Why Is Bernie Sanders In Vatican City? The Issue He'll Discuss Is "Very Dear" To Him
Democratic presidential candidate Sen. Bernie Sanders will take a short hiatus from his campaign ahead of a key primary in New York to visit the Vatican, his campaign announced Friday. Sanders will head to Vatican City to attend a conference on social, economic, and environmental issues hosted by the Pontifical Academy of Social Sciences the day after debating rival Hillary Clinton in Brooklyn.
"I am delighted to have been invited by the Vatican to a meeting on restoring social justice and environmental sustainability to the world economy," Sanders said in a press release put out by his campaign Friday. "Pope Francis has made clear that we must overcome 'the globalization of indifference' in order to reduce economic inequalities, stop financial corruption and protect the natural environment. That is our challenge in the United States and in the world."
Sanders told the Washington Post he would be attending the conference to speak about "an issue that is very dear to my heart" — creating a moral economy for the 99 percent, not the one percent. The Vermont senator will also touch upon climate change and "the moral imperative to make sure we leave this planet in a way that is healthy and habitable for future generations."
Sanders said he was not sure if his visit to Vatican City would include a meeting with Pope Francis, who he has often referenced in campaign speeches."I am a big, big fan of the pope," Sanders said on MSNBC's Morning Joe Friday morning. "Obviously, there are areas where we disagree, on women's rights and gay rights. But he has played an unbelievable role -- an unbelievable role -- of injecting a moral consequence into the economy." The two men share similar views on the importance of tackling income inequality.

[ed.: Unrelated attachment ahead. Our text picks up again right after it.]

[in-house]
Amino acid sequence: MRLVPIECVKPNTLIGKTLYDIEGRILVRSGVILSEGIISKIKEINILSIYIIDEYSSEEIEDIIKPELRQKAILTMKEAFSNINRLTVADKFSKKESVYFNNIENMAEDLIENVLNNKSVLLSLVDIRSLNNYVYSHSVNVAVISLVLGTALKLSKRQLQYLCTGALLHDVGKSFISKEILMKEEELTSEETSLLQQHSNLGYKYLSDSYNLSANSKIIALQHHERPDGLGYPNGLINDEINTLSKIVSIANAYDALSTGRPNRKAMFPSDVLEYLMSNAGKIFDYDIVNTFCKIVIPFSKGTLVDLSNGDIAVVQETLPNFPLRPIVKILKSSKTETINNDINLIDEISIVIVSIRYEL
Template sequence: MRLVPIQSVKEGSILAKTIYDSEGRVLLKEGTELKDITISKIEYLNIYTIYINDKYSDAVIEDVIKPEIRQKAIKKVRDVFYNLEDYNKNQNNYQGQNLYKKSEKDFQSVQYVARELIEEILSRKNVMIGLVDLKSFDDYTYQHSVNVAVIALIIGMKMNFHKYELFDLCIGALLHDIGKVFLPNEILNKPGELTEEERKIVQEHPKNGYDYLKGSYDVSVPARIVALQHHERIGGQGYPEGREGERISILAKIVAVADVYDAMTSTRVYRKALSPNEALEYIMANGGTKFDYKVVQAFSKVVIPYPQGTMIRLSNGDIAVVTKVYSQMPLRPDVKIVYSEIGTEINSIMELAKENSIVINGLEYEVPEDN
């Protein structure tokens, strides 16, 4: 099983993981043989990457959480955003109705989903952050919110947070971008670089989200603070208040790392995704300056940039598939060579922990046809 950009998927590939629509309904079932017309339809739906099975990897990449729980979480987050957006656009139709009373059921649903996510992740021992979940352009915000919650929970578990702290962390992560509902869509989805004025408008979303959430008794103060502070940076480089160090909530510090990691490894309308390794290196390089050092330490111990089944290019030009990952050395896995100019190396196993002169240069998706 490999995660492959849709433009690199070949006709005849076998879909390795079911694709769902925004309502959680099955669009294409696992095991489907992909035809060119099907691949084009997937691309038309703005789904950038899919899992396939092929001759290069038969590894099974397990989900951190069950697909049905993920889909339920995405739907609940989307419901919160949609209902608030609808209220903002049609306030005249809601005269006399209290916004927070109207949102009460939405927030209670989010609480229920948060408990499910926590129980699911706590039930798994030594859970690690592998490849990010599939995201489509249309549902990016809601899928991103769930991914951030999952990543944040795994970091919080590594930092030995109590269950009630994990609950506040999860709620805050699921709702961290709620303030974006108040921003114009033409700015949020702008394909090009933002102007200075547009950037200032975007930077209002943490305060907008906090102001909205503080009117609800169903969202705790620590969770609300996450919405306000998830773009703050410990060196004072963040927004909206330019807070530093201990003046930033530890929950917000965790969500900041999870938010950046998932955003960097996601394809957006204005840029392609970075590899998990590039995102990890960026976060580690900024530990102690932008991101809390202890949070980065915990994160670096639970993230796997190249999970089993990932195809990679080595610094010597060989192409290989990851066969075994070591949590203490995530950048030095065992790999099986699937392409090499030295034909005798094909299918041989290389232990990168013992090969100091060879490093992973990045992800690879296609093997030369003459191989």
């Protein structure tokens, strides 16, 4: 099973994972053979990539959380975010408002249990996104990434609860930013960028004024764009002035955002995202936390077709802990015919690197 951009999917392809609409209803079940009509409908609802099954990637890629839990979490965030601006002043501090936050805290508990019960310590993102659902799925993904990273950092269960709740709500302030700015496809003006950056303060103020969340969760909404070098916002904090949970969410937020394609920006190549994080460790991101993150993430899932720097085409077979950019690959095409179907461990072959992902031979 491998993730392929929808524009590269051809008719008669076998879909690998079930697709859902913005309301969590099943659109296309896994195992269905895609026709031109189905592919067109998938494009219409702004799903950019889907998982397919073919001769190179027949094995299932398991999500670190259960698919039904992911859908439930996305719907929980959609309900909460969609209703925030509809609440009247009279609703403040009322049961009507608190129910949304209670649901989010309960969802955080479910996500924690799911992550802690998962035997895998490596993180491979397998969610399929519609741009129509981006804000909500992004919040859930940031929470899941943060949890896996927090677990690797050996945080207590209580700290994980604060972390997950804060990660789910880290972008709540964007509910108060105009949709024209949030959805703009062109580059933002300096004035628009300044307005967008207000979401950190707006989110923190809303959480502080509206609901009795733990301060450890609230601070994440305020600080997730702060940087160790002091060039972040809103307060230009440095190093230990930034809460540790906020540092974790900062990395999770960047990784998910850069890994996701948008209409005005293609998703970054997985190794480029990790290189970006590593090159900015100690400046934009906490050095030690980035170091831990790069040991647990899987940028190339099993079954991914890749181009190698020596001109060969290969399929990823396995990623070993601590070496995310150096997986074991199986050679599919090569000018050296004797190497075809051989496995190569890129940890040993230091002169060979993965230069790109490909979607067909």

Some, however, have questioned if Sanders participation in the conference isn't a political play to garner Catholic votes ahead of a key primary. Margaret Archer, the president of the Pontifical Academy of Social Sciences, told Bloomberg Sanders had approached them about obtaining an invitation and accused him of "monumental discourtesy." "I think in a sense he may be going for the Catholic vote but this is not the Catholic vote and he should remember that and act accordingly," she said. Sanders has said he was grateful for the invitation and considered it "an extraordinary honor."
The conference celebrates the 25th anniversary of the "Centesimus Annus," an encyclical written by Pope John Paul II in 1991 that addresses some of the same political and economic issues Sanders' campaign touches on, including workers' rights.
Sanders' Vatican visit falls just four days before New York's April 19 primary, which has become a competitive and combative race as Sanders attempts to capitalize on his recent win streak — the latest of which occurred Tuesday in Wisconsin — to take Clinton's home state from her.